Sad news shook the racing industry Friday afternoon when it was announced that legendary Lane’s End stallion A.P. Indy had died.
“It is with extreme sadness that we today announce the passing of our beloved A.P. Indy, he was 31 years old,” Lane’s End said in a statement. “A.P. Indy passed away peacefully in his stall at the Lane's End stallion complex, the barn he called home for 27 years. Champion A.P. Indy’s list of accomplishments range far and wide as his legacy continues to be carried through the outstanding performances of his sons and daughters across the globe. He was the most important and popular member of the Lane's End team and we are deeply sorry to all who loved him as much as we did.”
A.P. Indy was the rare horse that did everything right from the time he was born. A half-brother to 1990 Preakness winner Summer Squall, he lit up the Keeneland ring when bringing $2.9 million as a yearling. He went on to win eight of his 11 starts – including the Belmont Stakes after he was forced to scratch from the Kentucky Derby with a foot issue.
Much to the disappointment of his fans, the only thing he couldn’t achieve was that of beating Father Time though many thought he would live forever.
However, the legacy of the aptly named “breed-shaping stallion” is far from over.
The sire of 89 group or graded stakes winners, 156 stakes winners and 240 stakes horses, including multiple champions, if A.P. Indy had stopped there everyone would have been happy. But the heir apparent to his Triple Crown-winning sire Seattle Slew proved to be an overachiever in his stallion career just as he had in all other stages of his life.
Best known as the grandsire of multiple champion sire Tapit, A.P. Indy’s sons and grandsons have sired nearly 1,500 stakes winners and 3,162 stakes horses. The most famous of those is almost certainly two-time Horse of the Year California Chrome though many others have lit up the public’s admiration during their racing careers.
A.P. Indy proved that he wasn’t just a top sire-of-sires, however. His daughters and granddaughters have produced some of the sport’s best with Hall of Famer Royal Delta among the top racemares to run in the U.S. this century.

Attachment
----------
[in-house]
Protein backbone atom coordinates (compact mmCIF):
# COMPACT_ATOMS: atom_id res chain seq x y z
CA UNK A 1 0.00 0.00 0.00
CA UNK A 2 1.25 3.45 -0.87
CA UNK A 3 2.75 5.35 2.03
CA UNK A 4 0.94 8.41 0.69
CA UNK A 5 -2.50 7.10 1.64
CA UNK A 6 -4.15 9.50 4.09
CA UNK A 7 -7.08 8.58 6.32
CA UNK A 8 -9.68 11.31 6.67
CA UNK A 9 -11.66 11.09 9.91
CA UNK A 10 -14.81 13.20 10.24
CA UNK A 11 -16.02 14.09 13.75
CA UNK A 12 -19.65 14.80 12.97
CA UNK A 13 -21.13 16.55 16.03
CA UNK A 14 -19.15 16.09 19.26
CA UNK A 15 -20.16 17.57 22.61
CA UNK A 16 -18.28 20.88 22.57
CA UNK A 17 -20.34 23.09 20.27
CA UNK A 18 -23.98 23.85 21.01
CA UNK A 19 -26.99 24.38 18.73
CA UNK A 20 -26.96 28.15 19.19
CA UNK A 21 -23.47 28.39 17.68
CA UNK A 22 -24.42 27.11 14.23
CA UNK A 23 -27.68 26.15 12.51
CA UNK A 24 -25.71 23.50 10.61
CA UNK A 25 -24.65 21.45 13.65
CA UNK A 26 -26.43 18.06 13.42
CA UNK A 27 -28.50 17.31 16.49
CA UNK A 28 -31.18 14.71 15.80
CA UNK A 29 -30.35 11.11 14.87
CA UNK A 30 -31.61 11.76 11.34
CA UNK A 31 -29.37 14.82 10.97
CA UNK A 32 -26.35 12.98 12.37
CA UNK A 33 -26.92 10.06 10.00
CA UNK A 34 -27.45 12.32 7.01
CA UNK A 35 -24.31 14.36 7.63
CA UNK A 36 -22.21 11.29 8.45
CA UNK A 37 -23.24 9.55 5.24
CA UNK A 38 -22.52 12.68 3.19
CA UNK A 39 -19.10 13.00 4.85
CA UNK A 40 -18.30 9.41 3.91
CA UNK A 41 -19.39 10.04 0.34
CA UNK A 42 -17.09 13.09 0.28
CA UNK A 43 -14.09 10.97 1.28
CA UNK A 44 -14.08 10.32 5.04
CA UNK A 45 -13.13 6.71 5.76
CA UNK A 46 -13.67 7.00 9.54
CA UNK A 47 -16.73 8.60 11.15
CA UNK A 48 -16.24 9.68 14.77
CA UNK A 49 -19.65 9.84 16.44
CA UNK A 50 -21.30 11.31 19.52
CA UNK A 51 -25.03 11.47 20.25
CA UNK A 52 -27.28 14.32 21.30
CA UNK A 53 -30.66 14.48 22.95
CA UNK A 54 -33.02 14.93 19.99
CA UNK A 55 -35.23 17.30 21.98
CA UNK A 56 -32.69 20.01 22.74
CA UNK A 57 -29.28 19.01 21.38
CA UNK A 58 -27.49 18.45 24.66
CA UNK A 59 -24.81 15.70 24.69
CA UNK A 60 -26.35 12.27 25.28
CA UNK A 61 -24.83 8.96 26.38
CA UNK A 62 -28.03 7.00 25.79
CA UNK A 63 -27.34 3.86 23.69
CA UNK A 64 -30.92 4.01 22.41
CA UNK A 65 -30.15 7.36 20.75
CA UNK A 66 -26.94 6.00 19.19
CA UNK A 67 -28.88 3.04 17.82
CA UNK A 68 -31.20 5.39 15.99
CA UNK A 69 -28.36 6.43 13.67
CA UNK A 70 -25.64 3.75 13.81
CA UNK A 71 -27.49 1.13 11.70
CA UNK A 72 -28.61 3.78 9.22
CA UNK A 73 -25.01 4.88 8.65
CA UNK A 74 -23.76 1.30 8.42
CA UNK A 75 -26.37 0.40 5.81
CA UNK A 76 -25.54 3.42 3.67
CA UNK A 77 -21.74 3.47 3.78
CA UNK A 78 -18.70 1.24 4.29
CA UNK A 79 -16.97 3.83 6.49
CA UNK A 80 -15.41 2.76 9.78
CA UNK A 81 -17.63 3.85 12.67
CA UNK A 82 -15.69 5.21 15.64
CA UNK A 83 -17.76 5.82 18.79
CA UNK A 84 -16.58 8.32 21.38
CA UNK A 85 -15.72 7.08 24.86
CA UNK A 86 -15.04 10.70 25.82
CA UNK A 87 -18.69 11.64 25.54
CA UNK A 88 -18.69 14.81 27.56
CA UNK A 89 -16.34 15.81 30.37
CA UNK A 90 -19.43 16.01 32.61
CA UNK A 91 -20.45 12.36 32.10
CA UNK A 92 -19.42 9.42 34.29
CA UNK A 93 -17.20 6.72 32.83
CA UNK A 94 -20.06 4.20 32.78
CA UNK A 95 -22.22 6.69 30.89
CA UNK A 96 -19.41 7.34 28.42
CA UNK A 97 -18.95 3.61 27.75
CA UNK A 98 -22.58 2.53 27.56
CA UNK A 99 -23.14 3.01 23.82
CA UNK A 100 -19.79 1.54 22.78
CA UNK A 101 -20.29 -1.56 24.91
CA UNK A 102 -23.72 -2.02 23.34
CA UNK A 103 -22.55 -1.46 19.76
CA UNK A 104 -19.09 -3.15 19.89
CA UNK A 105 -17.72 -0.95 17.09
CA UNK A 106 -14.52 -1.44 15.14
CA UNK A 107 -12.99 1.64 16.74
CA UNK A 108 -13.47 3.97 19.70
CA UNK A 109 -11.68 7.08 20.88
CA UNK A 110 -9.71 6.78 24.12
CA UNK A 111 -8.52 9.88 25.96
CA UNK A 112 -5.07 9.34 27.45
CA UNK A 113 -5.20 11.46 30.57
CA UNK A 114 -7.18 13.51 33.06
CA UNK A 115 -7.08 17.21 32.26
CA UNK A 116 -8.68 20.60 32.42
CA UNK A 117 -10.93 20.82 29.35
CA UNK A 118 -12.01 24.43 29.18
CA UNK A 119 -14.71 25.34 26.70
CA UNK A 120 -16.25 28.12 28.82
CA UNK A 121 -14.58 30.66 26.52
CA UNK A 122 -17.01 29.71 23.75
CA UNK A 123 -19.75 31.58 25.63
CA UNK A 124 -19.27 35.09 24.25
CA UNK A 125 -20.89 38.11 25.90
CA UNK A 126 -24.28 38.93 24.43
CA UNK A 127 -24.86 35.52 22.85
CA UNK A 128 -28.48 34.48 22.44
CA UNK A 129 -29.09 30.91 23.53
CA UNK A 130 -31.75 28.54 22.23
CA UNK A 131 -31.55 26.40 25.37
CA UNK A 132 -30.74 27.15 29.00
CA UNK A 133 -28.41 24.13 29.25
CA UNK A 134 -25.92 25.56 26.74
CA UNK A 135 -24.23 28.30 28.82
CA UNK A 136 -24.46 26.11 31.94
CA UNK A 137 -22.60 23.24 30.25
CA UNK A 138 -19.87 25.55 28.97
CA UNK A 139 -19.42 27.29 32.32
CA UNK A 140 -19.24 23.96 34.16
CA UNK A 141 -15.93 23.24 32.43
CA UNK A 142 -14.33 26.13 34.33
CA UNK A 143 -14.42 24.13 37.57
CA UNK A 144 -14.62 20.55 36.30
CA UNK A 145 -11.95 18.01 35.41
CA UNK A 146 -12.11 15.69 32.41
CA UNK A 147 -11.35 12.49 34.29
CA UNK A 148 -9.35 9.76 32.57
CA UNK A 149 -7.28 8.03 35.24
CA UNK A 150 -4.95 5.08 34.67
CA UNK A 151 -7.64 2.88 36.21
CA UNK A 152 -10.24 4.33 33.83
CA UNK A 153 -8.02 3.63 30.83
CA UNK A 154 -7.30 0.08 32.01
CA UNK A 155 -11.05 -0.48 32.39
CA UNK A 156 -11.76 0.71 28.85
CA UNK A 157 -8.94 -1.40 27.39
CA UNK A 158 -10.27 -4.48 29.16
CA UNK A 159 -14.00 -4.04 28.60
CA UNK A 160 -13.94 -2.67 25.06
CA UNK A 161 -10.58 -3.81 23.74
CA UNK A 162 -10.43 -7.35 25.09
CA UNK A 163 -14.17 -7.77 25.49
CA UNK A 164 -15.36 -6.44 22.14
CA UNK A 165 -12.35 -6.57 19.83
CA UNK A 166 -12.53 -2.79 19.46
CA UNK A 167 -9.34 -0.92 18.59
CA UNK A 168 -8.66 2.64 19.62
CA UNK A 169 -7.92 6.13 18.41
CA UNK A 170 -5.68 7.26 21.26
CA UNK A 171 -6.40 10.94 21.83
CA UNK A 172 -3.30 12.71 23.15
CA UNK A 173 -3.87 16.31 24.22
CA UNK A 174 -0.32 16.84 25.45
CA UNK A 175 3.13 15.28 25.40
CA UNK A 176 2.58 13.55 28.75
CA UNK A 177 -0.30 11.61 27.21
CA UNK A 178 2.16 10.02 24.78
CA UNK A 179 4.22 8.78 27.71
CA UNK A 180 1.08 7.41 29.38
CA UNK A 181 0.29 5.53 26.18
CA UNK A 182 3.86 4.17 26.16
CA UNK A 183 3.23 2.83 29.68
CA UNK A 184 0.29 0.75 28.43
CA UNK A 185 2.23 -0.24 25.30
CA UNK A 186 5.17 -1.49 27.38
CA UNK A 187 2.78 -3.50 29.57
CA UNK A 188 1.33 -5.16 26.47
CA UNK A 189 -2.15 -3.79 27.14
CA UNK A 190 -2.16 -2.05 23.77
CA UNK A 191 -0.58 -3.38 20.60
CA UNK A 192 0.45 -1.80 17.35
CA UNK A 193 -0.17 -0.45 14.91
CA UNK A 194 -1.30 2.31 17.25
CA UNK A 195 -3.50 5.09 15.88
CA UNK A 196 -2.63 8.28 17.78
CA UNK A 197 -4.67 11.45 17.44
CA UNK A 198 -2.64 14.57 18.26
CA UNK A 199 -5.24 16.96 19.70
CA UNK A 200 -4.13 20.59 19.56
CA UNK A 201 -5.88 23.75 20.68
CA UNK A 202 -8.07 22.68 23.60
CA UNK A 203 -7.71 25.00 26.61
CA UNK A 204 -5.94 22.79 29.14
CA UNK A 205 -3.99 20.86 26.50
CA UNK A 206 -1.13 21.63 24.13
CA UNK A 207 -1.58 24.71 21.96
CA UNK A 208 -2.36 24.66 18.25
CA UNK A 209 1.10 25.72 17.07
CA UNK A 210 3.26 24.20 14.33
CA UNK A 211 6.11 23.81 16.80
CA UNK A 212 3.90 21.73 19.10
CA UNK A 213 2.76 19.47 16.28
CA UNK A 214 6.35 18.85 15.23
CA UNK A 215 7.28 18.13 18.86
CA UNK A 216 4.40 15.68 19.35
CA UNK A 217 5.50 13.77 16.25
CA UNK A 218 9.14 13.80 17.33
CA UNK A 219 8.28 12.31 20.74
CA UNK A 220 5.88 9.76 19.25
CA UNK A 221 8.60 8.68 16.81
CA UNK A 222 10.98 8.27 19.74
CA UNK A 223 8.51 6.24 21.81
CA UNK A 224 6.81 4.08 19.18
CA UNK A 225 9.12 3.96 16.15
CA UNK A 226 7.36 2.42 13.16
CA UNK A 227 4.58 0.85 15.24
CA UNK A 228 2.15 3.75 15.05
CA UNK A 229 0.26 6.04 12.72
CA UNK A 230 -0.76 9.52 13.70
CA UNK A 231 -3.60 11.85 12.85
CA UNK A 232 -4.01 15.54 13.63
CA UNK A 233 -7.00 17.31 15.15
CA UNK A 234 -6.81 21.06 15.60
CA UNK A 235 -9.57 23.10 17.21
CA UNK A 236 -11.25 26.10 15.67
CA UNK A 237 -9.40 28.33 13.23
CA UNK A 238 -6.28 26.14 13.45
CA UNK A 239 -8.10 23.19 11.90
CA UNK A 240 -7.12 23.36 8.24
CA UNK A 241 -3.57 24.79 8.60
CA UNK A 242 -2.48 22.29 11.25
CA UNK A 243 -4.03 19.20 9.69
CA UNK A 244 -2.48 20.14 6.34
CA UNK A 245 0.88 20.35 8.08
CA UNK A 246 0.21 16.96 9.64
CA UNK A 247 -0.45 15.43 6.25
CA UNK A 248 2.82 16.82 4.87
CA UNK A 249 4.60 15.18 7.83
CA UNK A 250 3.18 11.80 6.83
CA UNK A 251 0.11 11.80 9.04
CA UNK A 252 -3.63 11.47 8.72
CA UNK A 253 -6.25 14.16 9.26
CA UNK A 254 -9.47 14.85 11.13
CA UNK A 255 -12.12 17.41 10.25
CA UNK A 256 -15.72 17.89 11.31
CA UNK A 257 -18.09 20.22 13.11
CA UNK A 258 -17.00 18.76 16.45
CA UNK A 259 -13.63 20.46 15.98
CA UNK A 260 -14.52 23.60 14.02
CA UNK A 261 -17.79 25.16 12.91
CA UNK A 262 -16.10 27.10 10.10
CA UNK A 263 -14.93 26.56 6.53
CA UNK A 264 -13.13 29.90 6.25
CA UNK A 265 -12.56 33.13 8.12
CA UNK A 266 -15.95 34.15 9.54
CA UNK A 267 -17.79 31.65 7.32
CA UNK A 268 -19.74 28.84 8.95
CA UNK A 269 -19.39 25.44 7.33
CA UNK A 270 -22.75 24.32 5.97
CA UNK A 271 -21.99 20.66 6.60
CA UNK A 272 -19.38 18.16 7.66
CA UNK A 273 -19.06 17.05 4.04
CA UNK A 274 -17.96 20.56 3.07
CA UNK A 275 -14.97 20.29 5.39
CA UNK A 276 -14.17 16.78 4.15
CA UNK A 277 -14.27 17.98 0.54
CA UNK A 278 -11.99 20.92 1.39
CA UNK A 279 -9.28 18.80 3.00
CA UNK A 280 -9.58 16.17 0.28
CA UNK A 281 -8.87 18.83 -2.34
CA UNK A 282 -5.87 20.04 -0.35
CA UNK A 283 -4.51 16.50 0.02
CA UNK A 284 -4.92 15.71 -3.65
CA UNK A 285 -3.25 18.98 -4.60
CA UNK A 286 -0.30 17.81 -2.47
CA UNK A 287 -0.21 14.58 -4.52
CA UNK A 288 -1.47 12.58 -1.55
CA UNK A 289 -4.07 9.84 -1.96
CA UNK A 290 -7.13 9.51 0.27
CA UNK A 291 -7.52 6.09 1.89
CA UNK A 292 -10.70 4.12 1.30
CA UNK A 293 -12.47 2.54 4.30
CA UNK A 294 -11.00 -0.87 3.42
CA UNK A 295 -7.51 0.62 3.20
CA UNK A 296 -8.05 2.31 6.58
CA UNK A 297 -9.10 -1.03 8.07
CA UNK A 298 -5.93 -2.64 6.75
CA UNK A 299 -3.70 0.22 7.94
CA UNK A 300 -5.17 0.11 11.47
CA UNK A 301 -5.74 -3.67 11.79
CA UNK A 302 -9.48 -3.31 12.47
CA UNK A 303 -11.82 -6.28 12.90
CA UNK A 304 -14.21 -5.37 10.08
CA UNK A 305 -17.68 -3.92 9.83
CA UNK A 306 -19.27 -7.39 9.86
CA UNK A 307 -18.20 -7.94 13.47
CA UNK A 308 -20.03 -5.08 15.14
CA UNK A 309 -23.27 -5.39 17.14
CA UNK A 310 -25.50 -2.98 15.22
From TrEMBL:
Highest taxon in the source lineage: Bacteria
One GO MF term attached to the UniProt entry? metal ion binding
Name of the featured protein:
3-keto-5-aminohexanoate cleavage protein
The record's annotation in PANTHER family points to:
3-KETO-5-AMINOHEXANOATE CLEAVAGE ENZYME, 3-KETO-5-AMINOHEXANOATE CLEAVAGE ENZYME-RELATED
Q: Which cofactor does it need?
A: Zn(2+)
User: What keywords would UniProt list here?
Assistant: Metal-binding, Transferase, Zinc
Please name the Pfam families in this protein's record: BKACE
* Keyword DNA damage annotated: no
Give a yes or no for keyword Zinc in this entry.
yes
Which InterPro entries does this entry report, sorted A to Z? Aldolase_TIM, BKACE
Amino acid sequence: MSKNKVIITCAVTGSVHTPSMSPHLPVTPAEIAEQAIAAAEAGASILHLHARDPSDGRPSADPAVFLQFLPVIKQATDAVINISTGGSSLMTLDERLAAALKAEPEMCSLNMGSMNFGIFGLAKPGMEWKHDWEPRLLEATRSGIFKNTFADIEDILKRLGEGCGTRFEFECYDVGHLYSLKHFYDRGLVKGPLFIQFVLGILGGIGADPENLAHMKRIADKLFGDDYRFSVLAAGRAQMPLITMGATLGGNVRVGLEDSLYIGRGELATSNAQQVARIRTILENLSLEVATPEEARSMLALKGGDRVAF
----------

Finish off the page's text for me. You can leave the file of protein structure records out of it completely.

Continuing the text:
More than 220 graded stakes winners and 1,000 stakes horses, including classic winners and champions, call A.P. Indy daughters their dam or granddam.
It’s hard to go even a weekend without seeing at least one stakes winner who traces back to A.P. Indy in some way with many of the young up-and-coming sires boasting him in their pedigrees.
However, for those who miss the days of A.P. Indy runners on the track, that legacy lives on as well. Ten-year-old A.P. Indy geldings Timeless Indy and Puget Sound have already registered multiple starts in 2020.
Maiden Winner of the Week: If there’s a hotter stallion in 2020 than Munnings, he’s taken a backseat to the Coolmore America stallion who sired another impressive winner at Gulfstream Park Saturday with Ikeisgreat.
The 3-year-old colt had showed promise in his first two starts but anxiety in the gate kept him from performing his best. Trainer Kelsey Danner had faith Ikeisgreat was sitting on a big race when she shipped him from Tampa Bay Downs. Ikeisgreat broke a step slow but was quickly able to settle to third a few lengths behind a runaway leader. When the field turned for home, Ikeisgreat’s name quickly changed to Ikeisgone as he romped home to an 8-length victory on the muddy track.
“Ike in his first two races had broke poorly,” Danner said. “He would get a bit anxious and then come out a step slow. Yesterday, he put it all together breaking well and finished strong. Ike is large - they weighed the horses in paddock before the race, he was the high weight. The wet track also helped him. The race set up perfectly for him.”
Ikeisgreat gave the trainer her 35th victory and seventh of 2020. Danner, who went out on her own in 2017, reported that Ikeisgreat came out of the race well and plans are pending for his next start.